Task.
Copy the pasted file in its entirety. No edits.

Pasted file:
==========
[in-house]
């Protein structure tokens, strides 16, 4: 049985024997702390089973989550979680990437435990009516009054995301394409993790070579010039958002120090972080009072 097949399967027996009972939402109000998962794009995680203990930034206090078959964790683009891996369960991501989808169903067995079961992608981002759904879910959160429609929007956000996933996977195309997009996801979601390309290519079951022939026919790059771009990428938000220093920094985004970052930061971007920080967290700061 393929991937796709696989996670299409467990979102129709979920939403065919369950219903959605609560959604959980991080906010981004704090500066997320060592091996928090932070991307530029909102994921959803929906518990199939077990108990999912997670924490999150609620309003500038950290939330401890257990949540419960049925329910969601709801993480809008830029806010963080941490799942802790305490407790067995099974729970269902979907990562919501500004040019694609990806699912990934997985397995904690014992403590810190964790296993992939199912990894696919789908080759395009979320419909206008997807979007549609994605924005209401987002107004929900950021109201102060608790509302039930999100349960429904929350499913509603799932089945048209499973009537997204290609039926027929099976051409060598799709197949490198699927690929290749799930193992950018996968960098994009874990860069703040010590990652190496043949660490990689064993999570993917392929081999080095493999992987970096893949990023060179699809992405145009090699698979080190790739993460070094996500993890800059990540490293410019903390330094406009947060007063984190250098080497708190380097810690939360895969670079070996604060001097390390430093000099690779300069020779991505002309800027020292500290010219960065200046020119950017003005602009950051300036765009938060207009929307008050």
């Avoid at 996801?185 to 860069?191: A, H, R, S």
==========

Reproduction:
[in-house]
């Protein structure tokens, strides 16, 4: 049985024997702390089973989550979680990437435990009516009054995301394409993790070579010039958002120090972080009072 097949399967027996009972939402109000998962794009995680203990930034206090078959964790683009891996369960991501989808169903067995079961992608981002759904879910959160429609929007956000996933996977195309997009996801979601390309290519079951022939026919790059771009990428938000220093920094985004970052930061971007920080967290700061 393929991937796709696989996670299409467990979102129709979920939403065919369950219903959605609560959604959980991080906010981004704090500066997320060592091996928090932070991307530029909102994921959803929906518990199939077990108990999912997670924490999150609620309003500038950290939330401890257990949540419960049925329910969601709801993480809008830029806010963080941490799942802790305490407790067995099974729970269902979907990562919501500004040019694609990806699912990934997985397995904690014992403590810190964790296993992939199912990894696919789908080759395009979320419909206008997807979007549609994605924005209401987002107004929900950021109201102060608790509302039930999100349960429904929350499913509603799932089945048209499973009537997204290609039926027929099976051409060598799709197949490198699927690929290749799930193992950018996968960098994009874990860069703040010590990652190496043949660490990689064993999570993917392929081999080095493999992987970096893949990023060179699809992405145009090699698979080190790739993460070094996500993890800059990540490293410019903390330094406009947060007063984190250098080497708190380097810690939360895969670079070996604060001097390390430093000099690779300069020779991505002309800027020292500290010219960065200046020119950017003005602009950051300036765009938060207009929307008050």
């Avoid at 996801?185 to 860069?191: A, H, R, S």